PA 75/18 Consumers often fail to see important information about online services - which can lead to unexpected costs, according to new research. When you are buying a service online, what do you look at on a website? Connection Services (for example) offer connection to a small number of organisation's customer service phone lines -for a cost.

Law / Forensics - 11.04.2018
Using research to end modern slavery
A new report published today looks in detail at what research is being undertaken about modern slavery in the UK and what research we still need. Modern slavery is a brutal abuse, denying people their dignity, safety and freedom. It affects millions worldwide and thousands here in the UK. In order to see more victims rescued and more perpetrators behind bars, experts need to know about the scales, causes and consequences of modern slavery and about the strategies to combat it.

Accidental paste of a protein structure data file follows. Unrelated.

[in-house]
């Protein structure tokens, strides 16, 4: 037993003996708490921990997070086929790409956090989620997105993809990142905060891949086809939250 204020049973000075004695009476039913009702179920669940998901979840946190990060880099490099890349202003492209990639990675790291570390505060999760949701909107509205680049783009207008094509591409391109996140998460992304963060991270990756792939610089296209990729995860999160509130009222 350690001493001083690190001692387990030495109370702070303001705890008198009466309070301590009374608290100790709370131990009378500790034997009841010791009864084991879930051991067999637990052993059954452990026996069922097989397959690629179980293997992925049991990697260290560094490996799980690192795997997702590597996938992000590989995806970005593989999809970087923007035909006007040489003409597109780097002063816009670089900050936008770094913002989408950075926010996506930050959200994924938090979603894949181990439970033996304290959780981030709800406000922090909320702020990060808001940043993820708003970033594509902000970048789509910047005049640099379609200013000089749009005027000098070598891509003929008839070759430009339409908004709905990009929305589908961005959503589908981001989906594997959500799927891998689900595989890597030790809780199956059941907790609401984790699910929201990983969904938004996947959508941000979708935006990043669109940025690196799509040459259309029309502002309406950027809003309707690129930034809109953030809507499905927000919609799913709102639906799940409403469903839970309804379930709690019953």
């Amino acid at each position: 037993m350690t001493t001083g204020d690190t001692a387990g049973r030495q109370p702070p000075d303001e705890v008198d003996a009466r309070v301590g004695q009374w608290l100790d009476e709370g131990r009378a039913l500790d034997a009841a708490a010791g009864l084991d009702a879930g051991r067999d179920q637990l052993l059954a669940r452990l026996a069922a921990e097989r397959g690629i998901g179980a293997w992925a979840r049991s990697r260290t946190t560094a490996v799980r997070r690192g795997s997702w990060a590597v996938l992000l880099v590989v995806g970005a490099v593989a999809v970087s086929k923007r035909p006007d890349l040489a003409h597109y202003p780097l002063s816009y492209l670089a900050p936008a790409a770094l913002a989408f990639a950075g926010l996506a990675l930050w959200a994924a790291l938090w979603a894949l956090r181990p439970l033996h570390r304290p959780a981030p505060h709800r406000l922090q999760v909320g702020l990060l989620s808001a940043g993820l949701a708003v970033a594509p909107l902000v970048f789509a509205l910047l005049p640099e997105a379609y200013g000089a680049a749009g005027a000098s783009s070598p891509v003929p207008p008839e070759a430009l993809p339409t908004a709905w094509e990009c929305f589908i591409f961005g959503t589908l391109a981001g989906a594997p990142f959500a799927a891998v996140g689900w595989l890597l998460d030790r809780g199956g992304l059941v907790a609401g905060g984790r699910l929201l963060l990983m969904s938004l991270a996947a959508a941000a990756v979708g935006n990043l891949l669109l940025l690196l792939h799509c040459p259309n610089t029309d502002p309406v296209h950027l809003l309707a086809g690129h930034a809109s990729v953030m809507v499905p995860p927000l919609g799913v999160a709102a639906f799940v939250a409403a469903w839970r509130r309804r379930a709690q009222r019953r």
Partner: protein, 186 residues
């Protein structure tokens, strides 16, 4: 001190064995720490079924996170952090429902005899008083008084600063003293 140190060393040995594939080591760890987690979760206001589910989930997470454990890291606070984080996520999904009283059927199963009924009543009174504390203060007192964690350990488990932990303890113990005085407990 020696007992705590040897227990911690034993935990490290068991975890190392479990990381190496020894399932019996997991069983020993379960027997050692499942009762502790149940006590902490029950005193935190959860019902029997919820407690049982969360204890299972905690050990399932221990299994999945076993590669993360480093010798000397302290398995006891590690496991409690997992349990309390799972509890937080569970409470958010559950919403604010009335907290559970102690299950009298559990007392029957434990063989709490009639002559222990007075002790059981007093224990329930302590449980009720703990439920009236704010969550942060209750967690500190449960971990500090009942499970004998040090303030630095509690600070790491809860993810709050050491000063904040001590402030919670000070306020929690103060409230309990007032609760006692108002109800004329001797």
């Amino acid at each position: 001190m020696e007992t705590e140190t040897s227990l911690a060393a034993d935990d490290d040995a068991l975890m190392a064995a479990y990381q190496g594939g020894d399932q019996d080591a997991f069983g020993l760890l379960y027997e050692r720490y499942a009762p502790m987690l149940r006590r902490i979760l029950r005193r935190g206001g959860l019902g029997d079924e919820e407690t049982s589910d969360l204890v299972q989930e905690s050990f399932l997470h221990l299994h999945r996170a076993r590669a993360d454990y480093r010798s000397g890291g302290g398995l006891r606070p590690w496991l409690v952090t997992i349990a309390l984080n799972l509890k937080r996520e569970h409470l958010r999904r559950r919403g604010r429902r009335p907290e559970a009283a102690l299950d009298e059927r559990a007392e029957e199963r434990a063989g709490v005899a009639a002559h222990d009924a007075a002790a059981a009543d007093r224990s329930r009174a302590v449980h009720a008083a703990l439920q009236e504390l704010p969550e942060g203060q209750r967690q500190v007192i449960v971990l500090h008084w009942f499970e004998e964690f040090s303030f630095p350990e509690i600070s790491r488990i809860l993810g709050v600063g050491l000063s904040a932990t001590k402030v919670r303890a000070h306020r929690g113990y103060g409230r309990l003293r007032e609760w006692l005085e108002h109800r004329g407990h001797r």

Law / Forensics - Psychology - 03.04.2018
IWitnessed app launched by memory experts, police, QC
A unique app available for download in Australia should assist witnesses and victims of one-off events and ongoing occurrences make mobile records in a way that can help with convictions and prevent miscarriages of justice. A unique app, iWitnessed , is launched today by leading Australian cognitive scientists, lawyers and police to assist victims and witnesses record information in a way that can help with convictions and prevent miscarriages of justice.

Law / Forensics - 28.03.2018
Good neighbours really do matter according to a new study
PA 51/18 Poorer countries with ‘bad' neighbours are more likely to perform less well when it comes to human rights according to new research from the University of Nottingham. In the paper, ‘ Good neighbours matter: economic geography and the diffusion of human rights' published in the journal Spatial Economic Analysis , Professor Todd Landman from the University of Nottingham and his co-authors, use data from a wide range of countries to investigate the geopolitical and economic aspects of human rights performance.

Law / Forensics - Social Sciences - 09.03.2018
More vulnerable male adults are victims of forced marriage than previously thought